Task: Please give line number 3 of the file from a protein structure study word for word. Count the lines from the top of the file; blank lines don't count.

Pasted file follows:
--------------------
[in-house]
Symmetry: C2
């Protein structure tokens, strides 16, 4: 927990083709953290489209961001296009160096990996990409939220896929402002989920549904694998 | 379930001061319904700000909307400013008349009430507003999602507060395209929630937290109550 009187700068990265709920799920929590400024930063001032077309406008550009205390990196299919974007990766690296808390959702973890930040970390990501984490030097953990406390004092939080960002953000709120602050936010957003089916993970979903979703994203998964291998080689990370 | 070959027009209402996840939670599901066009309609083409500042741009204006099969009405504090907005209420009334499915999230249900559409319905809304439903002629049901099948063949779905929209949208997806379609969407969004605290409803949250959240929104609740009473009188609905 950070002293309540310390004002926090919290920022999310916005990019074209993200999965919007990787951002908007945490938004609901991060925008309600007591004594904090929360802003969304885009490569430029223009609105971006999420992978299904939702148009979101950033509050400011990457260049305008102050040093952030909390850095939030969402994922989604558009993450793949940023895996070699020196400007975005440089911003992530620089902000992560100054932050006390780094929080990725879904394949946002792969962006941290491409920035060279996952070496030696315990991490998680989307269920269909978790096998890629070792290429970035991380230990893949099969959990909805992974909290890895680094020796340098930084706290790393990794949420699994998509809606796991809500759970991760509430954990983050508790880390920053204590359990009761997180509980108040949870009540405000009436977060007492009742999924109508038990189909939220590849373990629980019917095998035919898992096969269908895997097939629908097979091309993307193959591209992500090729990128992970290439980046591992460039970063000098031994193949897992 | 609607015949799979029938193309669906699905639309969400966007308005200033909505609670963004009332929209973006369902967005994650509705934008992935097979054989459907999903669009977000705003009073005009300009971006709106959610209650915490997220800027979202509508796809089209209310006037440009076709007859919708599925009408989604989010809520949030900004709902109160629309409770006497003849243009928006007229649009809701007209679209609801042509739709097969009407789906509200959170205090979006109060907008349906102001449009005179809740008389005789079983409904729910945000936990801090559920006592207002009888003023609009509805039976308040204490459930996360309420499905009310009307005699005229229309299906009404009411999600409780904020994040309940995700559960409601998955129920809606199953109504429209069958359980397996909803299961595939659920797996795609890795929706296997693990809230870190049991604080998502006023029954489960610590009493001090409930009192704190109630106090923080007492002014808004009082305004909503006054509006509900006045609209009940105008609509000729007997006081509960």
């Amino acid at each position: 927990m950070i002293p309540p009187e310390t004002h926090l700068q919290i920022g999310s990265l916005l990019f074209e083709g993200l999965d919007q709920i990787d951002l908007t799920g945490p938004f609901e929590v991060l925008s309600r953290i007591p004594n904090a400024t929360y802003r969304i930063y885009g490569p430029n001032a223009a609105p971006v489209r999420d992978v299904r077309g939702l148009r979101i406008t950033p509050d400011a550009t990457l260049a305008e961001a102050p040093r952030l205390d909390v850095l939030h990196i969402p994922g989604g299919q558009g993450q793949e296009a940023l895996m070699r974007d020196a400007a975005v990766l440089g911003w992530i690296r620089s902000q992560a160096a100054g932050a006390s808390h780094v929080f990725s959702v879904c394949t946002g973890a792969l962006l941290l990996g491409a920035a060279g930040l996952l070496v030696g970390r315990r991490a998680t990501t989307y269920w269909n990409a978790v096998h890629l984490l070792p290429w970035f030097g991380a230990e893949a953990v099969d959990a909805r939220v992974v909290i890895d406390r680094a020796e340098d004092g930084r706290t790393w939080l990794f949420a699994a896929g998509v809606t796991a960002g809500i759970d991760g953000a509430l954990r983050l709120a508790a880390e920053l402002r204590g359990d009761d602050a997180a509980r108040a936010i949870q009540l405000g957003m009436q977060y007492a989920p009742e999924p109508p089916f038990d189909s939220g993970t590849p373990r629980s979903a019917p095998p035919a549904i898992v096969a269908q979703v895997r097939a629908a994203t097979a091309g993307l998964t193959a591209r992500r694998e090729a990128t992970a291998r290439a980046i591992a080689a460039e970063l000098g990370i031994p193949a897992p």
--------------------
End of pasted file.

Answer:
């Protein structure tokens, strides 16, 4: 927990083709953290489209961001296009160096990996990409939220896929402002989920549904694998 | 379930001061319904700000909307400013008349009430507003999602507060395209929630937290109550 009187700068990265709920799920929590400024930063001032077309406008550009205390990196299919974007990766690296808390959702973890930040970390990501984490030097953990406390004092939080960002953000709120602050936010957003089916993970979903979703994203998964291998080689990370 | 070959027009209402996840939670599901066009309609083409500042741009204006099969009405504090907005209420009334499915999230249900559409319905809304439903002629049901099948063949779905929209949208997806379609969407969004605290409803949250959240929104609740009473009188609905 950070002293309540310390004002926090919290920022999310916005990019074209993200999965919007990787951002908007945490938004609901991060925008309600007591004594904090929360802003969304885009490569430029223009609105971006999420992978299904939702148009979101950033509050400011990457260049305008102050040093952030909390850095939030969402994922989604558009993450793949940023895996070699020196400007975005440089911003992530620089902000992560100054932050006390780094929080990725879904394949946002792969962006941290491409920035060279996952070496030696315990991490998680989307269920269909978790096998890629070792290429970035991380230990893949099969959990909805992974909290890895680094020796340098930084706290790393990794949420699994998509809606796991809500759970991760509430954990983050508790880390920053204590359990009761997180509980108040949870009540405000009436977060007492009742999924109508038990189909939220590849373990629980019917095998035919898992096969269908895997097939629908097979091309993307193959591209992500090729990128992970290439980046591992460039970063000098031994193949897992 | 609607015949799979029938193309669906699905639309969400966007308005200033909505609670963004009332929209973006369902967005994650509705934008992935097979054989459907999903669009977000705003009073005009300009971006709106959610209650915490997220800027979202509508796809089209209310006037440009076709007859919708599925009408989604989010809520949030900004709902109160629309409770006497003849243009928006007229649009809701007209679209609801042509739709097969009407789906509200959170205090979006109060907008349906102001449009005179809740008389005789079983409904729910945000936990801090559920006592207002009888003023609009509805039976308040204490459930996360309420499905009310009307005699005229229309299906009404009411999600409780904020994040309940995700559960409601998955129920809606199953109504429209069958359980397996909803299961595939659920797996795609890795929706296997693990809230870190049991604080998502006023029954489960610590009493001090409930009192704190109630106090923080007492002014808004009082305004909503006054509006509900006045609209009940105008609509000729007997006081509960």